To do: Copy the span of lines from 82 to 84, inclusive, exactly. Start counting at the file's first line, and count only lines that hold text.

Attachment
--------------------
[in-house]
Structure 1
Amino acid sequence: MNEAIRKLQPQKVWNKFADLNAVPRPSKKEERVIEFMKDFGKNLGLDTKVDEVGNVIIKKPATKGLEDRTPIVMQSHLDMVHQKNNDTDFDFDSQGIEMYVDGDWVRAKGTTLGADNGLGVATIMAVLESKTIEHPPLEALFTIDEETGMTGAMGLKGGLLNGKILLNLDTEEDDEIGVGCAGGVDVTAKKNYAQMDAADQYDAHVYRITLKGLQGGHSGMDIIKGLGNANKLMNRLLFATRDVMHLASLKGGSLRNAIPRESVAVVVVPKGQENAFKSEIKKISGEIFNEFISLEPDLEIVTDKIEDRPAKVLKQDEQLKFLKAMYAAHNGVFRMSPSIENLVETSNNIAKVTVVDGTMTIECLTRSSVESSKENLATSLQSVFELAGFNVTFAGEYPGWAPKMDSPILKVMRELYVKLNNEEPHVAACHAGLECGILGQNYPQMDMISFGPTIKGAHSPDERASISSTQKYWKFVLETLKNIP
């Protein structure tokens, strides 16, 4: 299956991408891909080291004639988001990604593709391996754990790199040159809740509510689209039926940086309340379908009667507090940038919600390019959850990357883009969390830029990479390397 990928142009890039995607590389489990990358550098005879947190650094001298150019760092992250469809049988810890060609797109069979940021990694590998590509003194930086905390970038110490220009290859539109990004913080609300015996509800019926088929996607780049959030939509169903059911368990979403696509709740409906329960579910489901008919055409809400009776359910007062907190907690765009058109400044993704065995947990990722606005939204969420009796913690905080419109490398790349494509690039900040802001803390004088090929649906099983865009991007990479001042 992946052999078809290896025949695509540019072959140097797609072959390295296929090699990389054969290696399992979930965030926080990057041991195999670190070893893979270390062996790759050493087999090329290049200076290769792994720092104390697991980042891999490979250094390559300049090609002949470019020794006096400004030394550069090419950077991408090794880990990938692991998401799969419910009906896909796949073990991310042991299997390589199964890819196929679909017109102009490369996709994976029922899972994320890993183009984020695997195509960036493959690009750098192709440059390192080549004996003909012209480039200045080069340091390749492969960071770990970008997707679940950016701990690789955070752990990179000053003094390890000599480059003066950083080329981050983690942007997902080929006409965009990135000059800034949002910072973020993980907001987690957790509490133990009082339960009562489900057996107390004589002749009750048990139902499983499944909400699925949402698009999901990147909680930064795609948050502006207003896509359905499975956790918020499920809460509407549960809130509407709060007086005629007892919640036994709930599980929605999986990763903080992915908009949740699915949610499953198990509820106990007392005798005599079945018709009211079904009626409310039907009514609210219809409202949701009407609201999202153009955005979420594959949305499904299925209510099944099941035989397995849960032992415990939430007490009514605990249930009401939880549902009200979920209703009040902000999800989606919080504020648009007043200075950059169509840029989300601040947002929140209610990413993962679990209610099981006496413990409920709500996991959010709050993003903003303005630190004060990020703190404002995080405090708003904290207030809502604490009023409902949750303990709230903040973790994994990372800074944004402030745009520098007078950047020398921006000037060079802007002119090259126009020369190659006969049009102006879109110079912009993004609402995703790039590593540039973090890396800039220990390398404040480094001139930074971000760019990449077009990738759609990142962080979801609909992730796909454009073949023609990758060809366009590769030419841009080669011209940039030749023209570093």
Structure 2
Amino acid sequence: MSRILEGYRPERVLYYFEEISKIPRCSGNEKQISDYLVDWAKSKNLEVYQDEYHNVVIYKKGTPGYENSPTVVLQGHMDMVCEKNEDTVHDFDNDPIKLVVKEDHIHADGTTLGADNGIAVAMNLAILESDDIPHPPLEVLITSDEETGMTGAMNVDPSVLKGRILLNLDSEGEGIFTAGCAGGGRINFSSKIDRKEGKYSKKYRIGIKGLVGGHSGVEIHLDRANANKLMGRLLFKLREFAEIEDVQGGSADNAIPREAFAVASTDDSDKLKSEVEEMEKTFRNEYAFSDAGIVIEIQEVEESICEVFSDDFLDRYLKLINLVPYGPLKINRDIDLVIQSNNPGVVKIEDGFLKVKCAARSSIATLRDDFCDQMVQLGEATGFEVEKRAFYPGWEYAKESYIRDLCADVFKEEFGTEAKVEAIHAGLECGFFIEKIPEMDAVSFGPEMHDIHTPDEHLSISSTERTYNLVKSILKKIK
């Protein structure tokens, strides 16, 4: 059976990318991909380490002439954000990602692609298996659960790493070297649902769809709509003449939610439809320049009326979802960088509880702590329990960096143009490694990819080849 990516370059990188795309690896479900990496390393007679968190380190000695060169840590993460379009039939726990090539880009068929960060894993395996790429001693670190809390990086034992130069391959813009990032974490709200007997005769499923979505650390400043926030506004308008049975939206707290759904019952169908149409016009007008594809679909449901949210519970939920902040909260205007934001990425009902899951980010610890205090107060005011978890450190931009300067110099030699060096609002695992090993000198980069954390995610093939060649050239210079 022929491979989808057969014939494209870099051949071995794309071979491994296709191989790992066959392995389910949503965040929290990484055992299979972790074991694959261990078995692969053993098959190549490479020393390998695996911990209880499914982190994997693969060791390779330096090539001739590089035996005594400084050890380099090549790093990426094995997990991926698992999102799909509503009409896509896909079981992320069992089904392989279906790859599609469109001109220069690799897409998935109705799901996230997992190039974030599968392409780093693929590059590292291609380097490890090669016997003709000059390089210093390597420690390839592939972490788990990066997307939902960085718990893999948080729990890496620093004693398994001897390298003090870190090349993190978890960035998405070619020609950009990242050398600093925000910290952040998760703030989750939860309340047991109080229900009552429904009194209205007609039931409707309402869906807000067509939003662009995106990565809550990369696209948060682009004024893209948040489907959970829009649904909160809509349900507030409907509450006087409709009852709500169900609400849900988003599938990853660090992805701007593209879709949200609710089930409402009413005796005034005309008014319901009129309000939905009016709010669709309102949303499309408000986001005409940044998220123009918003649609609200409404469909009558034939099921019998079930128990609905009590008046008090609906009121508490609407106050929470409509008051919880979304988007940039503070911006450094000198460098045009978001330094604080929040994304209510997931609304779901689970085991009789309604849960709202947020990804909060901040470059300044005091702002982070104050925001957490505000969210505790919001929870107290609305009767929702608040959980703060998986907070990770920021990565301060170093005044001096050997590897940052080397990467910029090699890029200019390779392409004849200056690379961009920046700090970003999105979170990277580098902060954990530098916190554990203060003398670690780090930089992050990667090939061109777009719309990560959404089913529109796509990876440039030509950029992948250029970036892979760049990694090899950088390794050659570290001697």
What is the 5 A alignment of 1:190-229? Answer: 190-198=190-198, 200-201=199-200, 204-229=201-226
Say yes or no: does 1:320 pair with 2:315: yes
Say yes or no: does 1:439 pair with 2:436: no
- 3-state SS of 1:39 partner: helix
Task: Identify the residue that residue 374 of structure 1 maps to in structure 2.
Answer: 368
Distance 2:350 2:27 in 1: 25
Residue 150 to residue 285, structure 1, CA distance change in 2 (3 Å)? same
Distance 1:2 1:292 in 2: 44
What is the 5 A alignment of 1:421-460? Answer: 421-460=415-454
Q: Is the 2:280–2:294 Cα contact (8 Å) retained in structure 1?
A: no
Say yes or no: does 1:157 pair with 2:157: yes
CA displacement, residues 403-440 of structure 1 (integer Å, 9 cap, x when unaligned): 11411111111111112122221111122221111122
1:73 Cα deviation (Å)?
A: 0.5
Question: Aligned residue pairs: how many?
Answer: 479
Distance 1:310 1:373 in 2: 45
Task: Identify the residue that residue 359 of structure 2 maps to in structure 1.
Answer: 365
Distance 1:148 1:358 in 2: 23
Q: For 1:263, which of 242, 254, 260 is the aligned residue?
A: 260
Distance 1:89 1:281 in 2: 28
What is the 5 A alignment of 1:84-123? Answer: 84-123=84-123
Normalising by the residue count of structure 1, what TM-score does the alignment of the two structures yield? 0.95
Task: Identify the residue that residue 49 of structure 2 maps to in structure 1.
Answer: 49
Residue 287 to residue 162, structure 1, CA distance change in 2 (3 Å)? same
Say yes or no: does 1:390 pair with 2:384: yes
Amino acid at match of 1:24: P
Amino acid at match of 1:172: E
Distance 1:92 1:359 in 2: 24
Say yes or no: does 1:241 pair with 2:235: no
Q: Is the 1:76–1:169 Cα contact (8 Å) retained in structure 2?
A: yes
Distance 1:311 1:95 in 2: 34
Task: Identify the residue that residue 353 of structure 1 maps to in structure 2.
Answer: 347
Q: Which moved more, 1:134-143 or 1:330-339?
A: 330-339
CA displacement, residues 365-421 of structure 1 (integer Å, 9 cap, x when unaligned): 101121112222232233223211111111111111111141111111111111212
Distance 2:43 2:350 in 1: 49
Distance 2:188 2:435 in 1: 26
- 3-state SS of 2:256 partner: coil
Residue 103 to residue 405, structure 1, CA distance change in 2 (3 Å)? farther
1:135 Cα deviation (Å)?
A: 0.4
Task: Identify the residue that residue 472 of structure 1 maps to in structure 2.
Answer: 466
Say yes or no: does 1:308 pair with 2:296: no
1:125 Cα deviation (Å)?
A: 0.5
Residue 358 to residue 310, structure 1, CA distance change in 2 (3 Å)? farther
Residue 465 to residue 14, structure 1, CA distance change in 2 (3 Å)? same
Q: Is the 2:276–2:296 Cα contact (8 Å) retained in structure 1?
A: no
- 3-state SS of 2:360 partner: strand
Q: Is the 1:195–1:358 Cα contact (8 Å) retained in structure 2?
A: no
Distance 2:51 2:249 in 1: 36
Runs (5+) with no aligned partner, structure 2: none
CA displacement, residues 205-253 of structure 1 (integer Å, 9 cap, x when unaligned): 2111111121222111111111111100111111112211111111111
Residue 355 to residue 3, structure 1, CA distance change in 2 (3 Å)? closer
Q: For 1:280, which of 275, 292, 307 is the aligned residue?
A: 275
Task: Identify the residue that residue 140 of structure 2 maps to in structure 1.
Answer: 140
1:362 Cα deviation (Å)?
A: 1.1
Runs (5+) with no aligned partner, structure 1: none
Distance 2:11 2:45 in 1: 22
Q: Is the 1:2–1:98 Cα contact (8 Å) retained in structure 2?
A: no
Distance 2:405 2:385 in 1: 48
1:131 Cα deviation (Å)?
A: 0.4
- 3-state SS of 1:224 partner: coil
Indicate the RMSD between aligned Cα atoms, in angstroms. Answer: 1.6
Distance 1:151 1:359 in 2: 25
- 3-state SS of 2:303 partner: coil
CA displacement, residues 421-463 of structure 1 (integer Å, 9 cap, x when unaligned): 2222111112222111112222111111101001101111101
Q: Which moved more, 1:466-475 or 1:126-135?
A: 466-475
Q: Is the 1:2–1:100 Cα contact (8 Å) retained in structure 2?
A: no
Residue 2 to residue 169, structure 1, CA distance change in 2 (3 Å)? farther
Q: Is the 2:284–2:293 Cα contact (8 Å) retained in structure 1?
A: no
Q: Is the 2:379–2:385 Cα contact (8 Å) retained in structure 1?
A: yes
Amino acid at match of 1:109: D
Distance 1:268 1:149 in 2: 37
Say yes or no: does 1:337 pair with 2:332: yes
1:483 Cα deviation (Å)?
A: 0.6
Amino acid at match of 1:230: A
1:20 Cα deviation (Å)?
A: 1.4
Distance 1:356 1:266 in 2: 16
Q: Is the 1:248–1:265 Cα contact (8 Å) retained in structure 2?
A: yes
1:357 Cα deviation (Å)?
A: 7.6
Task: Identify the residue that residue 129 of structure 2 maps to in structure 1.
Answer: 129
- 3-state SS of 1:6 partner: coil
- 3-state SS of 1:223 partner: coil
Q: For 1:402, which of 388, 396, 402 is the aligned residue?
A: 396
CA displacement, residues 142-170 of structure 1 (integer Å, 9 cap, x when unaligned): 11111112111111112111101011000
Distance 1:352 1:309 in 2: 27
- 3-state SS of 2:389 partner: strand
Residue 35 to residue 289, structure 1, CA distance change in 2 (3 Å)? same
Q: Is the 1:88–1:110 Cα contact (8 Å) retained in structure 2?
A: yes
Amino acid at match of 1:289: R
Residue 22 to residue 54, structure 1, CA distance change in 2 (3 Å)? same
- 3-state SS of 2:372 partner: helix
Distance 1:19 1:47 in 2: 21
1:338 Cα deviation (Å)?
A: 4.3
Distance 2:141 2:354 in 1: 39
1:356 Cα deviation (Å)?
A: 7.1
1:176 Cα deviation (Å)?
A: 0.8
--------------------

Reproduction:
A: no
Distance 2:405 2:385 in 1: 48
1:131 Cα deviation (Å)?